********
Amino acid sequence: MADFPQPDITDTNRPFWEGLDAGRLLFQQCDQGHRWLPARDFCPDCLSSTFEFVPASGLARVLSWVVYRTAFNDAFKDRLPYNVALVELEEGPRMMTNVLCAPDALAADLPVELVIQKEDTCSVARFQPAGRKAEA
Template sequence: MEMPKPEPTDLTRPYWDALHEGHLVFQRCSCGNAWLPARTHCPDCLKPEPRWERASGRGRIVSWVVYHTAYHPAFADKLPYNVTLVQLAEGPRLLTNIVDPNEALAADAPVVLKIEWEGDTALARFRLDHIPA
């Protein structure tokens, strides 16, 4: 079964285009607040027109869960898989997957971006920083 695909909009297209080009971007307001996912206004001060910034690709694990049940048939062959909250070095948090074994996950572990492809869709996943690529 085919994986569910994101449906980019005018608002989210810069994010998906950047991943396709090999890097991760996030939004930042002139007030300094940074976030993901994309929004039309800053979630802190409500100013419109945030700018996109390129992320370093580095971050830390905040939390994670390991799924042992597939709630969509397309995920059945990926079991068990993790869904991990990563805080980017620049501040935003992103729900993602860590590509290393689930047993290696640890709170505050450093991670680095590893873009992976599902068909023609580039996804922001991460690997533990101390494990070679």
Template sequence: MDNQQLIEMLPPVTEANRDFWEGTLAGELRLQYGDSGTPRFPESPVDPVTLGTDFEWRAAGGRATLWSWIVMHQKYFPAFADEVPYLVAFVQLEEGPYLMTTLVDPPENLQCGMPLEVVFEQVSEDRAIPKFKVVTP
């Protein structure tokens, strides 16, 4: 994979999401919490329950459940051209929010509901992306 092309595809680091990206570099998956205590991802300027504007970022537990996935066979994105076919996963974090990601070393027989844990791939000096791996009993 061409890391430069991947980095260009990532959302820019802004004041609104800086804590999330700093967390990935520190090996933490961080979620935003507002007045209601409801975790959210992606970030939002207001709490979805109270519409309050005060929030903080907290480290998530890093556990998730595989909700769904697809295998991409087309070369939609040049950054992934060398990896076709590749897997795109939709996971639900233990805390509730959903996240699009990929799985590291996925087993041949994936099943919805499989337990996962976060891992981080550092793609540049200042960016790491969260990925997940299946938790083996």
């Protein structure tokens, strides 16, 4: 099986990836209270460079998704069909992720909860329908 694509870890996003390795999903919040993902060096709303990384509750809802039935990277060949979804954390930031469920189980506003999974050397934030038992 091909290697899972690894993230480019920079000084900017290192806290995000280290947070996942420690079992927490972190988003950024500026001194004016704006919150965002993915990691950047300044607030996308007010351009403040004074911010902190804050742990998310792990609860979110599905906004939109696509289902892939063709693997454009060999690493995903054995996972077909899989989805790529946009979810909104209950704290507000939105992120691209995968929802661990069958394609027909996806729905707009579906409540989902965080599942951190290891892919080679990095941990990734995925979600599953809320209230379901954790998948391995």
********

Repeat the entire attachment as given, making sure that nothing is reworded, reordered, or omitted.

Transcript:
Amino acid sequence: MADFPQPDITDTNRPFWEGLDAGRLLFQQCDQGHRWLPARDFCPDCLSSTFEFVPASGLARVLSWVVYRTAFNDAFKDRLPYNVALVELEEGPRMMTNVLCAPDALAADLPVELVIQKEDTCSVARFQPAGRKAEA
Template sequence: MEMPKPEPTDLTRPYWDALHEGHLVFQRCSCGNAWLPARTHCPDCLKPEPRWERASGRGRIVSWVVYHTAYHPAFADKLPYNVTLVQLAEGPRLLTNIVDPNEALAADAPVVLKIEWEGDTALARFRLDHIPA
């Protein structure tokens, strides 16, 4: 079964285009607040027109869960898989997957971006920083 695909909009297209080009971007307001996912206004001060910034690709694990049940048939062959909250070095948090074994996950572990492809869709996943690529 085919994986569910994101449906980019005018608002989210810069994010998906950047991943396709090999890097991760996030939004930042002139007030300094940074976030993901994309929004039309800053979630802190409500100013419109945030700018996109390129992320370093580095971050830390905040939390994670390991799924042992597939709630969509397309995920059945990926079991068990993790869904991990990563805080980017620049501040935003992103729900993602860590590509290393689930047993290696640890709170505050450093991670680095590893873009992976599902068909023609580039996804922001991460690997533990101390494990070679």
Template sequence: MDNQQLIEMLPPVTEANRDFWEGTLAGELRLQYGDSGTPRFPESPVDPVTLGTDFEWRAAGGRATLWSWIVMHQKYFPAFADEVPYLVAFVQLEEGPYLMTTLVDPPENLQCGMPLEVVFEQVSEDRAIPKFKVVTP
């Protein structure tokens, strides 16, 4: 994979999401919490329950459940051209929010509901992306 092309595809680091990206570099998956205590991802300027504007970022537990996935066979994105076919996963974090990601070393027989844990791939000096791996009993 061409890391430069991947980095260009990532959302820019802004004041609104800086804590999330700093967390990935520190090996933490961080979620935003507002007045209601409801975790959210992606970030939002207001709490979805109270519409309050005060929030903080907290480290998530890093556990998730595989909700769904697809295998991409087309070369939609040049950054992934060398990896076709590749897997795109939709996971639900233990805390509730959903996240699009990929799985590291996925087993041949994936099943919805499989337990996962976060891992981080550092793609540049200042960016790491969260990925997940299946938790083996």
């Protein structure tokens, strides 16, 4: 099986990836209270460079998704069909992720909860329908 694509870890996003390795999903919040993902060096709303990384509750809802039935990277060949979804954390930031469920189980506003999974050397934030038992 091909290697899972690894993230480019920079000084900017290192806290995000280290947070996942420690079992927490972190988003950024500026001194004016704006919150965002993915990691950047300044607030996308007010351009403040004074911010902190804050742990998310792990609860979110599905906004939109696509289902892939063709693997454009060999690493995903054995996972077909899989989805790529946009979810909104209950704290507000939105992120691209995968929802661990069958394609027909996806729905707009579906409540989902965080599942951190290891892919080679990095941990990734995925979600599953809320209230379901954790998948391995």